The Provisional IRA still exists but is not on a war footing, Northern Ireland's senior police officer has said.

Individual members cooperated in shooting dead Kevin McGuigan in East Belfast but organisational structures have brought members of the outlawed organisation along the path of peace, Police Service of Northern Ireland Chief Constable George Hamilton said.

Some structures have changed, some have been dissolved but those remaining are not being used for terrorism, he said during a briefing at PSNI headquarters in Belfast.

Mr Hamilton said: "They are not on a war footing, they are not involved in paramilitary activity in the sense that they were during part of the conflict."

Sinn Féin President Gerry Adams commenting on the remarks by the PSNI chief said: "Sinn Féin stands on our record in the peace and the political processes and on our mandate.

"I note the comments by the Chief Constable today that he accepts the bona fides of the Sinn Fein leadership and our pursuit of the peace process and support for the police in the ongoing investigation into the deaths of Jock Davison and Kevin McGuigan.

"The stand of Sinn Féin on the peace process is a matter of public record. Our integrity is based on our electoral mandate and not on the views of anyone else, even a chief constable.

"I do not accept the PSNI claims about the IRA.

“The war is over. The IRA is gone and not coming back. This has been acknowledged and evidenced over the past 10 years. There is now a peaceful and democratic path to achieve republican objectives. This has the support of the vast majority of republicans and nationalists.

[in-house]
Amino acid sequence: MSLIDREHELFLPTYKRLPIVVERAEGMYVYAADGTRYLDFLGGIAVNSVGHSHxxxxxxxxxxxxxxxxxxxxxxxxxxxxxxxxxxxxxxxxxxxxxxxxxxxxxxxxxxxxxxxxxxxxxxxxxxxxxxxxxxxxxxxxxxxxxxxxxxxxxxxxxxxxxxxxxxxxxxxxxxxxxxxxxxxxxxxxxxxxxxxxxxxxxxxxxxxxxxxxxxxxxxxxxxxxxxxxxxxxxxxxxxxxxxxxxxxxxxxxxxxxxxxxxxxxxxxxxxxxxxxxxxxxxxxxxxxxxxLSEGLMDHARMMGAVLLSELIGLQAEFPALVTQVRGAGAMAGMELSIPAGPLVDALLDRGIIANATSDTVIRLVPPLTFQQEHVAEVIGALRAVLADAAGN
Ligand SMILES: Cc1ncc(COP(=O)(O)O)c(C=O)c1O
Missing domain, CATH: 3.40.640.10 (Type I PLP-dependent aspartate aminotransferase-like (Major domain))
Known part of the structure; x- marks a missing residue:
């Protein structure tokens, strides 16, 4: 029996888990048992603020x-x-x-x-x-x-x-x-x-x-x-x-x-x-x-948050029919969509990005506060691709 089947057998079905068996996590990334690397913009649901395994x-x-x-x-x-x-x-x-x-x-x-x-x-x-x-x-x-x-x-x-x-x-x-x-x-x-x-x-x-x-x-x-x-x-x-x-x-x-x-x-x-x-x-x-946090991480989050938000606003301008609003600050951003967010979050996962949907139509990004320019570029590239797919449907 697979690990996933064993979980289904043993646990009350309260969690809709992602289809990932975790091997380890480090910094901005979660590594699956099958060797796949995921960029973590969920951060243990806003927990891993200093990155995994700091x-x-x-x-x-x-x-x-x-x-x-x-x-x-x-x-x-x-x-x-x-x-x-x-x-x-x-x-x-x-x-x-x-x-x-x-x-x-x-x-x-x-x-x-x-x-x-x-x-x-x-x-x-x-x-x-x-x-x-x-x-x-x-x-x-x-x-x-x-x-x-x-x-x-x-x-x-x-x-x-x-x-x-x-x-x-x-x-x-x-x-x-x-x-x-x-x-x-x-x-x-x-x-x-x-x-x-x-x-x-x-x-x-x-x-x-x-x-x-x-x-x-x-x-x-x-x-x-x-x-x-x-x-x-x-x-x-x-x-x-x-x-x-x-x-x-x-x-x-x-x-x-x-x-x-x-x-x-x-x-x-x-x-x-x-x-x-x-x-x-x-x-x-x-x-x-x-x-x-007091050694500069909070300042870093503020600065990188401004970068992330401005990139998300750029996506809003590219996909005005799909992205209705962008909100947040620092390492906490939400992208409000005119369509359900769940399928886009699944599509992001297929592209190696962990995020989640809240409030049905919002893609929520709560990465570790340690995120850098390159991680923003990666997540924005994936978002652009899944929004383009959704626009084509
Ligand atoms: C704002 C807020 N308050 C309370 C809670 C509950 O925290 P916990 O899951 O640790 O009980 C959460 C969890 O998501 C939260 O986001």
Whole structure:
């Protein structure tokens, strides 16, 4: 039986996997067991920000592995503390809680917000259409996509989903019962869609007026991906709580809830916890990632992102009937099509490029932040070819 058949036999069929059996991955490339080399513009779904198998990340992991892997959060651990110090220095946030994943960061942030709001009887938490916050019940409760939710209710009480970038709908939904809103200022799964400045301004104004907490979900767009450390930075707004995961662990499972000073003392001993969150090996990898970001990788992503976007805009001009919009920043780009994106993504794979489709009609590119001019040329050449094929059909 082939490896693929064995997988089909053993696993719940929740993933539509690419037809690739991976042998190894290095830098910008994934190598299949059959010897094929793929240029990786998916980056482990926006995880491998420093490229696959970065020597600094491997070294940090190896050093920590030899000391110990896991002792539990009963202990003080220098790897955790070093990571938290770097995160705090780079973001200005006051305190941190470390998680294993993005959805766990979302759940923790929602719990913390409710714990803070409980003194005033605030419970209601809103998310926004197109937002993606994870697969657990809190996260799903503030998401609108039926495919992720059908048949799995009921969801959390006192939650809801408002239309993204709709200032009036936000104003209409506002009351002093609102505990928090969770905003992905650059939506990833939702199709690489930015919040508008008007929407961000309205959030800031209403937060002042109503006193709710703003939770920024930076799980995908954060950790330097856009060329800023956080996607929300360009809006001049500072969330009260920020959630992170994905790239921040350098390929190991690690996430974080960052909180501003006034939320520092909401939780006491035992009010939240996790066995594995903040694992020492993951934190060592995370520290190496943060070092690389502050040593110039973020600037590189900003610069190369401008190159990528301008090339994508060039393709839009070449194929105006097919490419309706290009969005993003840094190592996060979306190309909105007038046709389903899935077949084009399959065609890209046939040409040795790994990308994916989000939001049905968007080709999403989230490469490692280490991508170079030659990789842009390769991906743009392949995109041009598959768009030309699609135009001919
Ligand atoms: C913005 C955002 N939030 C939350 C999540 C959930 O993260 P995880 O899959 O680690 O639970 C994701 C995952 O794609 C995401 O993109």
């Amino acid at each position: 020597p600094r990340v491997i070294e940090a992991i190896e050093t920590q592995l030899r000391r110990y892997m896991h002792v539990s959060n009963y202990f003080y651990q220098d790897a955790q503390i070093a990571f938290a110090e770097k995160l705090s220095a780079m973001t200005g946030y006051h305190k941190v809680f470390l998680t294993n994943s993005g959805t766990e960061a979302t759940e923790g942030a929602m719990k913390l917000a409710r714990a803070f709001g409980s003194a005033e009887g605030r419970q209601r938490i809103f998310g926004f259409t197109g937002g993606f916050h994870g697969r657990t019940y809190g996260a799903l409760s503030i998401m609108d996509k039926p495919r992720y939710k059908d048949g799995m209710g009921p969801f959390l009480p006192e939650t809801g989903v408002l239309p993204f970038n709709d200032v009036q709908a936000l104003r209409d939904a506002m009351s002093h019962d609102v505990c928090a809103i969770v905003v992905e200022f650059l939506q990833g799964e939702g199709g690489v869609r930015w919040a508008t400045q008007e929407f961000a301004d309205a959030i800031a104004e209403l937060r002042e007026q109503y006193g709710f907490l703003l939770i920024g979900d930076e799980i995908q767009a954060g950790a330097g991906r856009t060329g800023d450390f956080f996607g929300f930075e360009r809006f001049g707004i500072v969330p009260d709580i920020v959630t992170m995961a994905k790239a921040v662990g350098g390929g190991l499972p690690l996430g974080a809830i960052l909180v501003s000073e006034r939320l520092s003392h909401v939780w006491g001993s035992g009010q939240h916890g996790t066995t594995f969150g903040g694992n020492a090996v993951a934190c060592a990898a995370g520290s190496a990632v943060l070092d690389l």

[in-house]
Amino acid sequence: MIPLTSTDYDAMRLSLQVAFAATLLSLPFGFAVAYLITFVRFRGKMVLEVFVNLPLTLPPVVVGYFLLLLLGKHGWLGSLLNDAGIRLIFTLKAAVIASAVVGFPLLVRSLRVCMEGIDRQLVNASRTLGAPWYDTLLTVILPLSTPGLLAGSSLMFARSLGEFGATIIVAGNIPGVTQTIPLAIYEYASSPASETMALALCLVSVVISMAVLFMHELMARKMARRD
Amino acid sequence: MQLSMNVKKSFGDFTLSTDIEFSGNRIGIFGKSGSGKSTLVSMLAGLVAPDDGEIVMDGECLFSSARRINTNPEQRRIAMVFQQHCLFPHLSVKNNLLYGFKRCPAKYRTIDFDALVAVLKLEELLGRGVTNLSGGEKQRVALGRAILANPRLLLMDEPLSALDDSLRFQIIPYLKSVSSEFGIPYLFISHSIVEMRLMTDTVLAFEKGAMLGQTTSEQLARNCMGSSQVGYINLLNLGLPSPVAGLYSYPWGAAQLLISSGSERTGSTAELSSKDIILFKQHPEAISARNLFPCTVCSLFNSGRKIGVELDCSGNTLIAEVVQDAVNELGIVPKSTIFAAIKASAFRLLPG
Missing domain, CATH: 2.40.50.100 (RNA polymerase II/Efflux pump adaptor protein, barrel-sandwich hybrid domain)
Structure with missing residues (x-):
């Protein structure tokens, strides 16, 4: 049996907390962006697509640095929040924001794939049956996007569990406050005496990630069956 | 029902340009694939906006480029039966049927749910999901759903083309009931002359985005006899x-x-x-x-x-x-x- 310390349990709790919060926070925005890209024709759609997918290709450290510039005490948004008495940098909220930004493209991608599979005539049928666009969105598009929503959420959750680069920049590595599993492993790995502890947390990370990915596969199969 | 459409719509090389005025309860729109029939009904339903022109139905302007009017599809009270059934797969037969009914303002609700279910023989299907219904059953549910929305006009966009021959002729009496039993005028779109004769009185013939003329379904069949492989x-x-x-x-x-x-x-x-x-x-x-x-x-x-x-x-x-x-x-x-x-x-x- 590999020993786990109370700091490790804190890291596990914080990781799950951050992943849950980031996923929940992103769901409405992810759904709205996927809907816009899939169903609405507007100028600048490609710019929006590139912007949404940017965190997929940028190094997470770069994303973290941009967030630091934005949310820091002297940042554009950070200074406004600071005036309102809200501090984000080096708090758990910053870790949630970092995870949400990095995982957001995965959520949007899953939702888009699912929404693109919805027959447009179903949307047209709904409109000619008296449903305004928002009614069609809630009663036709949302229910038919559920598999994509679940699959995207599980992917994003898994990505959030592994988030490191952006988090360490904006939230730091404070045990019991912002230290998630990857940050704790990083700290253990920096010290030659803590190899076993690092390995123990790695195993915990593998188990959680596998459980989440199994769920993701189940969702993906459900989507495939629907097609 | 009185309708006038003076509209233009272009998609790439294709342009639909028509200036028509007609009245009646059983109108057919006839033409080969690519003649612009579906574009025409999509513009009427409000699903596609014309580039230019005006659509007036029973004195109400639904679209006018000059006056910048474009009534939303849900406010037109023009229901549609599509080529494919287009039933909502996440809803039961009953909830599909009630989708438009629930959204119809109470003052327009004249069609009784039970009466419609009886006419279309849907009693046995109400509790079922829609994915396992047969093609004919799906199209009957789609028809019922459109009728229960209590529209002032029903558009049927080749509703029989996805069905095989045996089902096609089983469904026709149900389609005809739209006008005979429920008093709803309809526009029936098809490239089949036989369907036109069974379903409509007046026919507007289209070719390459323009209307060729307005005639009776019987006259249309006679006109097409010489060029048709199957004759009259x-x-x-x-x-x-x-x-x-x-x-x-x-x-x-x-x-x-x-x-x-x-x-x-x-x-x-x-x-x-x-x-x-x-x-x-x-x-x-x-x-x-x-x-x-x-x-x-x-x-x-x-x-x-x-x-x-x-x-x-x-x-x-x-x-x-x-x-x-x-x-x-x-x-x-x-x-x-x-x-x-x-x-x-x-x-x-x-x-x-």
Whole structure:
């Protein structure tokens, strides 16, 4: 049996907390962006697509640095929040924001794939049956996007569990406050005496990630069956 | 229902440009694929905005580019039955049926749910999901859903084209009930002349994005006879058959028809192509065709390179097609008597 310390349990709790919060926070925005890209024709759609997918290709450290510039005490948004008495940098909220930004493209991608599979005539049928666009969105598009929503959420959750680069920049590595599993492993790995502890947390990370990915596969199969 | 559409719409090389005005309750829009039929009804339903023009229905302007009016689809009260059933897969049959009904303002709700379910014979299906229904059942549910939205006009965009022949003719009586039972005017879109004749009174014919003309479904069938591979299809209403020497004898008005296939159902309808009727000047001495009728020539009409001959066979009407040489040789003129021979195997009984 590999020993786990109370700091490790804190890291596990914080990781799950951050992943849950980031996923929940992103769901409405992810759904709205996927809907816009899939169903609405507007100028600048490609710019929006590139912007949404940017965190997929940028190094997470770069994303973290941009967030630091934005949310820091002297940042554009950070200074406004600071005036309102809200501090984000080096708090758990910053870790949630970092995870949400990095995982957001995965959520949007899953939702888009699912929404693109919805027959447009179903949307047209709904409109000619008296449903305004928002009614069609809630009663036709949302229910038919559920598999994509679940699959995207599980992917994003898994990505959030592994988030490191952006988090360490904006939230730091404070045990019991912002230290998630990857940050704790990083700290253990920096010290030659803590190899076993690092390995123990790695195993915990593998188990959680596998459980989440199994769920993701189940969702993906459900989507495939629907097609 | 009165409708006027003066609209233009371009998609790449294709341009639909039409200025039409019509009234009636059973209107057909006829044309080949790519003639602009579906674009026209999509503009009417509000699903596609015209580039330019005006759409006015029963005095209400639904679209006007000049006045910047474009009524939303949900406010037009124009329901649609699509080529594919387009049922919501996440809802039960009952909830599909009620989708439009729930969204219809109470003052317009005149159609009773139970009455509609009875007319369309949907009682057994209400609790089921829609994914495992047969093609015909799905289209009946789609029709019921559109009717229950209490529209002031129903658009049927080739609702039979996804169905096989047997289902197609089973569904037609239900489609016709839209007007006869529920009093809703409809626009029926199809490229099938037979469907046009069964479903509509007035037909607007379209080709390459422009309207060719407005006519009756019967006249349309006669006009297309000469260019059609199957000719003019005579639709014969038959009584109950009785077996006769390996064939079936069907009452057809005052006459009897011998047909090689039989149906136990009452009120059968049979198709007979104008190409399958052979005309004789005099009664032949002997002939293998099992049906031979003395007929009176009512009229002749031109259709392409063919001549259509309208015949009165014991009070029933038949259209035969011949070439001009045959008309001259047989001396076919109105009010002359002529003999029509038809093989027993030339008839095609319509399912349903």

Earlier, Ulster Unionist leader Mike Nesbitt said Sinn Féin's credibility was "in tatters" following the shooting dead of Mr McGuigan.

Mr Nesbitt, who met the PSNI chief today, said: "The chief constable repeated the police assessment that members of the IRA took part in Wednesday's murder and that the IRA still exists, although what form it takes in 2015 is not fully clear.

"What is clear is that Sinn Féin's credibility on this issue is in tatters," he added.

Two days ago the police officer leading the investigation said one line of inquiry was that members of the provisional IRA had a role in the murder.

The two man unionist parties have since indicated that if the IRA link is established, it would have consequences for them sharing power with Sinn Féin at Stormont.

Senior Sinn Féin members have denied the IRA were involved and last night the party president Gerry Adams said the IRA left the stage in 2005.

He blamed criminals for what he called the brutal murder carried out by two gunmen in Belfast last Wednesday night.

Commenting on today's developments Minister for Foreign Affairs Charlie Flanagan said: "As these matters evolve, officials in the two Governments remain in close contact and I  expect to have an early opportunity to discuss matters directly with the Secretary of State for Northern Ireland.

"In the meantime, the focus must remain on the investigation of two heinous murders. It is essential that the PSNI be allowed continue its work, without undue political pressure and with the support of the entire community, so that those responsible are brought to justice."

A Sinn Féin delegation led by Assembly member Gerry Kelly began discussions with the chief constable in PSNI headquarters at 10.30 this morning.

Sinn Féin's Gerry Kelly said "in fairness to the chief constable he is standing by the statement made by Detective Superintendant Kevin Geddis".  

During a news conference on Thursday the officer leading the murder investigation said one line of inquiry was that Provisional IRA members were involved.  

This afternoon Gerry Kelly repeated the view that the IRA had not been active since 2005 and that Sinn Féin was fully behind the peace process and supportive of the PSNI.